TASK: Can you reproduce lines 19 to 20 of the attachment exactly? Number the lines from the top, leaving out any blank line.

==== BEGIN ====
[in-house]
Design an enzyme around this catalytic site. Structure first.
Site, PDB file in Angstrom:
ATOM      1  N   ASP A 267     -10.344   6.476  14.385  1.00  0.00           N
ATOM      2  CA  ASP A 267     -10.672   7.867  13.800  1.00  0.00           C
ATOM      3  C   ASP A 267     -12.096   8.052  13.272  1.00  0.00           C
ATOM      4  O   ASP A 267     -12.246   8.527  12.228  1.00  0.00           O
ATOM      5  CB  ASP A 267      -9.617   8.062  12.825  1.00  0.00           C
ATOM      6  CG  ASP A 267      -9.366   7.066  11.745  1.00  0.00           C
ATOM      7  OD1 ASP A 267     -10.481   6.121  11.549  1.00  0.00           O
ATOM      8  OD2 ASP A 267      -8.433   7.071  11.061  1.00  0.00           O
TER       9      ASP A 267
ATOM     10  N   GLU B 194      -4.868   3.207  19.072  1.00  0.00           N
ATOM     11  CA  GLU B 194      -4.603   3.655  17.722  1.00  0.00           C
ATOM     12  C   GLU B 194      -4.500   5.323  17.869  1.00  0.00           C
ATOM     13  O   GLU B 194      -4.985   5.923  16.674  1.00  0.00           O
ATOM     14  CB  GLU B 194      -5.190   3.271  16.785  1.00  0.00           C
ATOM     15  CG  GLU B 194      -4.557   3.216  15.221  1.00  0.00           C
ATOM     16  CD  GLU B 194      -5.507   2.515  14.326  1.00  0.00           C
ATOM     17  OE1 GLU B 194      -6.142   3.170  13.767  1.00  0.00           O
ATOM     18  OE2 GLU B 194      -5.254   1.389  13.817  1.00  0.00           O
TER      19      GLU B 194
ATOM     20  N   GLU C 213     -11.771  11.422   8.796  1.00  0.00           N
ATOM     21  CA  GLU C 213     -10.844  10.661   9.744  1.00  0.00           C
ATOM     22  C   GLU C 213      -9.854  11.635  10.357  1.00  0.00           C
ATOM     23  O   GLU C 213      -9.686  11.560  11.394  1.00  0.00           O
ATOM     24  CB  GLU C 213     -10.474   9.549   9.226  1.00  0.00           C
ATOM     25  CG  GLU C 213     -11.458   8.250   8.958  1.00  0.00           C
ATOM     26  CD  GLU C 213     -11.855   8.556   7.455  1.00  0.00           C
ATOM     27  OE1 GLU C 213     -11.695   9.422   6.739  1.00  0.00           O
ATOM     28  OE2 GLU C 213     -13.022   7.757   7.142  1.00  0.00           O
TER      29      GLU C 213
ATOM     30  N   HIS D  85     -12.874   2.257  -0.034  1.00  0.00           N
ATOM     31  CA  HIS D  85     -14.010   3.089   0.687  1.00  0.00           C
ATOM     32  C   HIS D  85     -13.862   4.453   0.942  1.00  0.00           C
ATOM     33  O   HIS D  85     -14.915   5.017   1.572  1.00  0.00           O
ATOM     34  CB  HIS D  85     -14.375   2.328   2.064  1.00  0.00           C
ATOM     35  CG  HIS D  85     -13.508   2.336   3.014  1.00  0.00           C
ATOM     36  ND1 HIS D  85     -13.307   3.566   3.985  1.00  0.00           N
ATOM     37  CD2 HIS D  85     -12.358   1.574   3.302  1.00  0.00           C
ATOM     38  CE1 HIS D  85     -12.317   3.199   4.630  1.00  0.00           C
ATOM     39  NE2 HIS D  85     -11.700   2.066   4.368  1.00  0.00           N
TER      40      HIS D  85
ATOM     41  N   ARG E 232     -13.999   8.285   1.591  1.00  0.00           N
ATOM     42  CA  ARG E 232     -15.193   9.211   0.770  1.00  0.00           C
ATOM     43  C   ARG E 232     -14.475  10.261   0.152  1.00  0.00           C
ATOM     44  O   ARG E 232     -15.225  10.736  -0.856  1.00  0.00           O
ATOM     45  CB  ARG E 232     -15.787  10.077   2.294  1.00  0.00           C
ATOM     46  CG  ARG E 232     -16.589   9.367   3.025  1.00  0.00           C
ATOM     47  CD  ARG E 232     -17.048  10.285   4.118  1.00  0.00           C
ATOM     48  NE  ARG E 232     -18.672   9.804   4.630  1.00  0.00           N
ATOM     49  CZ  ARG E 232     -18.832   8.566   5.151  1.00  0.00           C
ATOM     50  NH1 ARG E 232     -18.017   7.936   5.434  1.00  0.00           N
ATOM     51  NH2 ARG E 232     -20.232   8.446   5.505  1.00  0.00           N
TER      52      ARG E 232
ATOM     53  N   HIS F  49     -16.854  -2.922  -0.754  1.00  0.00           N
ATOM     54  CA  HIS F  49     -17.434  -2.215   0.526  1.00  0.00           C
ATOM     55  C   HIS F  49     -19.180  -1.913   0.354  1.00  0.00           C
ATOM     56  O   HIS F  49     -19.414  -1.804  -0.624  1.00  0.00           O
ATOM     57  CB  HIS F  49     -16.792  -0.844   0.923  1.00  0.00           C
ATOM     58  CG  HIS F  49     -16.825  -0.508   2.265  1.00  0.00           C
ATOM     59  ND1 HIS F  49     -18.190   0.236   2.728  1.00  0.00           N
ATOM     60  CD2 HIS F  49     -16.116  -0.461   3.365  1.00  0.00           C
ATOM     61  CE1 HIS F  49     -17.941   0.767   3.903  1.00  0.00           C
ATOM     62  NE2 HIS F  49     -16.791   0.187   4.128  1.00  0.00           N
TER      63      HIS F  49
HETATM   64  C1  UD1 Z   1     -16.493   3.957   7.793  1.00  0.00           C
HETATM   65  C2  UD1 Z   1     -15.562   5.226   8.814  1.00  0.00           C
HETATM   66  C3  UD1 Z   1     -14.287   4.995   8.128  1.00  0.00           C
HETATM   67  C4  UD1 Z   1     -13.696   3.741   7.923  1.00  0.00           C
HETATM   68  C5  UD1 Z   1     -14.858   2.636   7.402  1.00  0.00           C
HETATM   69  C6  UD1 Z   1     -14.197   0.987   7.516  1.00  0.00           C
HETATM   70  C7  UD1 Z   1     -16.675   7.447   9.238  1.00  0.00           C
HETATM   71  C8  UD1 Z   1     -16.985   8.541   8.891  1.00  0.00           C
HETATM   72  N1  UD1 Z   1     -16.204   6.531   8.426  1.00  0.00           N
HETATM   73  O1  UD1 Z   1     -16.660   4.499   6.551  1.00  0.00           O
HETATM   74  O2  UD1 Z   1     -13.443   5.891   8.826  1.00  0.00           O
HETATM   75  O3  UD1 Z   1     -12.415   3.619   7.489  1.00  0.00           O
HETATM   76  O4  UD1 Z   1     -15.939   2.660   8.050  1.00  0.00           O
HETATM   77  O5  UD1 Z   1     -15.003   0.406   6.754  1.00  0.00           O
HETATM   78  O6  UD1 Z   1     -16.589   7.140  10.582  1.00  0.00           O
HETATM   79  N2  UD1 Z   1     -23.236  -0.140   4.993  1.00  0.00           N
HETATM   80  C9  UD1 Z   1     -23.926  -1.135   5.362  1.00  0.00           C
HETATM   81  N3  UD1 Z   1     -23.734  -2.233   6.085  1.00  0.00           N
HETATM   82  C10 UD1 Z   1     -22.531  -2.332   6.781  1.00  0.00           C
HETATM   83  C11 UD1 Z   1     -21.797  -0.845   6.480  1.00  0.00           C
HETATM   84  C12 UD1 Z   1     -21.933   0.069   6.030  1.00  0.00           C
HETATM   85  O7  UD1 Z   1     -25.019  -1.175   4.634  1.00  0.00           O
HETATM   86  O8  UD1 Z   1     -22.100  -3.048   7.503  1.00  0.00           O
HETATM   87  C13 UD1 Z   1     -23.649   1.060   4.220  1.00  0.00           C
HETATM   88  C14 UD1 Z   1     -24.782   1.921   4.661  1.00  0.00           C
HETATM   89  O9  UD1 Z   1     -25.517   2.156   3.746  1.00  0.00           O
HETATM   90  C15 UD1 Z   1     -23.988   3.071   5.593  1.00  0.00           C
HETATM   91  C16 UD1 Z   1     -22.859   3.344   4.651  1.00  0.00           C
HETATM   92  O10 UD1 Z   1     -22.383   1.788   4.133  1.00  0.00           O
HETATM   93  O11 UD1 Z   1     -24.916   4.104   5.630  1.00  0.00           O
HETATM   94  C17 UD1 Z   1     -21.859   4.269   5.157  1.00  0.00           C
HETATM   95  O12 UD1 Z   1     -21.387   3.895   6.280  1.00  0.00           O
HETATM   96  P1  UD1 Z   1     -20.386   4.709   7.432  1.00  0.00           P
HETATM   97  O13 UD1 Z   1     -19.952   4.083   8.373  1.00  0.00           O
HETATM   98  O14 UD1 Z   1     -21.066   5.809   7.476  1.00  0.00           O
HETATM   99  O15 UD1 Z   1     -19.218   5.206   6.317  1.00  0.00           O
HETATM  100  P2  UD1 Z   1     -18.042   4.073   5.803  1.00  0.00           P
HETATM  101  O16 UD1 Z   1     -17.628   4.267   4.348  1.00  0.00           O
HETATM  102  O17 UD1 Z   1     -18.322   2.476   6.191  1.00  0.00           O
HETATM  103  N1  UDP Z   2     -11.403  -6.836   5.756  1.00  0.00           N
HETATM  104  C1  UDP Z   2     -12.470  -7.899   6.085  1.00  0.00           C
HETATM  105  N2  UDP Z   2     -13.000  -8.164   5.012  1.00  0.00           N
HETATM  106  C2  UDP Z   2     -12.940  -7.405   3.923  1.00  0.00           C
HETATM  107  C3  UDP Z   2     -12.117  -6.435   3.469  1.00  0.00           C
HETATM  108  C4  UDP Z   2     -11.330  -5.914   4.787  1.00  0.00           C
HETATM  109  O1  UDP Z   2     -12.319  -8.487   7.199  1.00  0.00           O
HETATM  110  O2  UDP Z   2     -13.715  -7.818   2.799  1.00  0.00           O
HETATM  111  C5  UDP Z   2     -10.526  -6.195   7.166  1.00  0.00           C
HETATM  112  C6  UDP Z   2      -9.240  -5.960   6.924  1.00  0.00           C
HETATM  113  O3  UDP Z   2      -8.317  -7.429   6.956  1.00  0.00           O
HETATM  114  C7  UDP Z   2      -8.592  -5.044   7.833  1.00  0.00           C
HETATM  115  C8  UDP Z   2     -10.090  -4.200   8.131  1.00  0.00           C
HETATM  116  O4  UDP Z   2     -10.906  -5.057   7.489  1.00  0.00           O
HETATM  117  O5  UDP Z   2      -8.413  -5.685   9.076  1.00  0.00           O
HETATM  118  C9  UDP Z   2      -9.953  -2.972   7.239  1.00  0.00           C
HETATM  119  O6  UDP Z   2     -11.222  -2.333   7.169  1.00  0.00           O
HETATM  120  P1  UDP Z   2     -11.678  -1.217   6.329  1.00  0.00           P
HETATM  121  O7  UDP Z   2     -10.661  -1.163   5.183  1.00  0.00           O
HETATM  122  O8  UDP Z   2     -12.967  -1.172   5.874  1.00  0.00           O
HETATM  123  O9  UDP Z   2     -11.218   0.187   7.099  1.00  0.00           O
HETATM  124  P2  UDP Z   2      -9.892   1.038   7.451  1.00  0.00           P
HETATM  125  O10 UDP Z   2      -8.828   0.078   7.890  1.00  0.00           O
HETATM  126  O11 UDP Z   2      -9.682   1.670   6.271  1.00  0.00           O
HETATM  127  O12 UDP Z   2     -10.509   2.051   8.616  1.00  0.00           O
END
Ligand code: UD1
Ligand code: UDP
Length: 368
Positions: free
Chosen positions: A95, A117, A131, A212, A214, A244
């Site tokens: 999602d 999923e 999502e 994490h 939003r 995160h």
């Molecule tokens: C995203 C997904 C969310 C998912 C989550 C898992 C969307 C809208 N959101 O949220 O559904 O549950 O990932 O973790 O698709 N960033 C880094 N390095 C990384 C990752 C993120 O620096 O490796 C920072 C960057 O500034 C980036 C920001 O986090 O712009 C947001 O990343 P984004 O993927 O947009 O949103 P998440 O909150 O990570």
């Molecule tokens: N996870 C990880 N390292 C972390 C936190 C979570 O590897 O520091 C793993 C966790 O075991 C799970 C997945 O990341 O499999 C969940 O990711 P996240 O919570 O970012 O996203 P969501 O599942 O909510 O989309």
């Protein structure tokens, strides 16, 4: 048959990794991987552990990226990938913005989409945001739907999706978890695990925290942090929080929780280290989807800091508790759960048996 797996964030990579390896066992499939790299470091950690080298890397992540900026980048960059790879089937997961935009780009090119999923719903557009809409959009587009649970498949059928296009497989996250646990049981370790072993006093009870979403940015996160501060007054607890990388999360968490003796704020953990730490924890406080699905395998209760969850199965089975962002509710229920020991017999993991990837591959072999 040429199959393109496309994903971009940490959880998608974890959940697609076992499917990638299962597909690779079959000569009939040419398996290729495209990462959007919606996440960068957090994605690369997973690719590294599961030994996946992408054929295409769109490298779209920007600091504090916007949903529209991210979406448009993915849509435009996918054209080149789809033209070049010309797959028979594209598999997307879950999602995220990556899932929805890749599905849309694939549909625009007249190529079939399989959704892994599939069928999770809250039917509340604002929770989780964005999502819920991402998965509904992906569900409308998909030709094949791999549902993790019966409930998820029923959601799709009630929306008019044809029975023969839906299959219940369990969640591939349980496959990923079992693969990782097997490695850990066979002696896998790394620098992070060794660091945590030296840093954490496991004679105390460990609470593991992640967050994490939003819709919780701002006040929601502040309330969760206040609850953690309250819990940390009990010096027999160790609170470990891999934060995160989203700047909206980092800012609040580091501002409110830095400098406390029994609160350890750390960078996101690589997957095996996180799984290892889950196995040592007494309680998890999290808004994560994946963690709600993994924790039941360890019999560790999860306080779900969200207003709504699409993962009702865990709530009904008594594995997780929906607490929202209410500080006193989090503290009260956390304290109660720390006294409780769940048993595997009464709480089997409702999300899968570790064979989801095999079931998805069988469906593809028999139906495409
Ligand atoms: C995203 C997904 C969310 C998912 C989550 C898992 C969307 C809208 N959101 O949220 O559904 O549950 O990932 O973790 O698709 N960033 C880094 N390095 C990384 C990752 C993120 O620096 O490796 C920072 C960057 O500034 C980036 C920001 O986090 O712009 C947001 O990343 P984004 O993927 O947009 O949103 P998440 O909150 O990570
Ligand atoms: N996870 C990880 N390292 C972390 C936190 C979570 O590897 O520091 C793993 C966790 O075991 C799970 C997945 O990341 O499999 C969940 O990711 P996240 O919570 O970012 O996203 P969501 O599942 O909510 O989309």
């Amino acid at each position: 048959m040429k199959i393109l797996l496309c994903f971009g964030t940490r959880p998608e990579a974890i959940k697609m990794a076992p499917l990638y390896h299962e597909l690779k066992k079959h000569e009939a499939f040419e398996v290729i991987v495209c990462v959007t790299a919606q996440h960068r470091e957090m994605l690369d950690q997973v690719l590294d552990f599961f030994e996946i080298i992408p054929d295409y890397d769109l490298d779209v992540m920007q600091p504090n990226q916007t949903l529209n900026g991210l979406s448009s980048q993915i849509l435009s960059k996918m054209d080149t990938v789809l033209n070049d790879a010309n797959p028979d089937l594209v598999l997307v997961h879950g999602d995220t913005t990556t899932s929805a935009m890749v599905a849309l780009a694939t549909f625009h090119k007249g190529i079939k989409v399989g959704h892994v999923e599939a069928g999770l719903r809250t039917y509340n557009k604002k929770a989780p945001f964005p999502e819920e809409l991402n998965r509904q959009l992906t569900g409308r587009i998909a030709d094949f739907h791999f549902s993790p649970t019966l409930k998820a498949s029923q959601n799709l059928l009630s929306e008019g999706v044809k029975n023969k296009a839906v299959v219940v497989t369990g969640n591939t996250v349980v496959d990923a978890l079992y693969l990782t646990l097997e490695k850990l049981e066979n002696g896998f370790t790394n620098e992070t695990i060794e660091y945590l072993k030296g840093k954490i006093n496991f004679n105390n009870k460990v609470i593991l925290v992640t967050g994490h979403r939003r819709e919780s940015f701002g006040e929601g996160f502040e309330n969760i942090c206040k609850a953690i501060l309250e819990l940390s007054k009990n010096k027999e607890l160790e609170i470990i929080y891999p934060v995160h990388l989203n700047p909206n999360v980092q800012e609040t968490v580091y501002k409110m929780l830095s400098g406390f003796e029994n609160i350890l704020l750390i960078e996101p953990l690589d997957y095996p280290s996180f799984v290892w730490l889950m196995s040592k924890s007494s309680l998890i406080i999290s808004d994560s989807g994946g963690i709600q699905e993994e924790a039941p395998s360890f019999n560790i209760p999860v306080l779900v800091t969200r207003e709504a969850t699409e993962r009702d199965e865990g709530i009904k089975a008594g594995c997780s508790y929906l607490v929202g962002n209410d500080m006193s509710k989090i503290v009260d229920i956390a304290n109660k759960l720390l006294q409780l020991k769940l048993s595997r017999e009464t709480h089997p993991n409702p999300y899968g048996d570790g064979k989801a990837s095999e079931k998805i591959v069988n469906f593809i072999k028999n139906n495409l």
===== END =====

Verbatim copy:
ATOM     16  CD  GLU B 194      -5.507   2.515  14.326  1.00  0.00           C
ATOM     17  OE1 GLU B 194      -6.142   3.170  13.767  1.00  0.00           O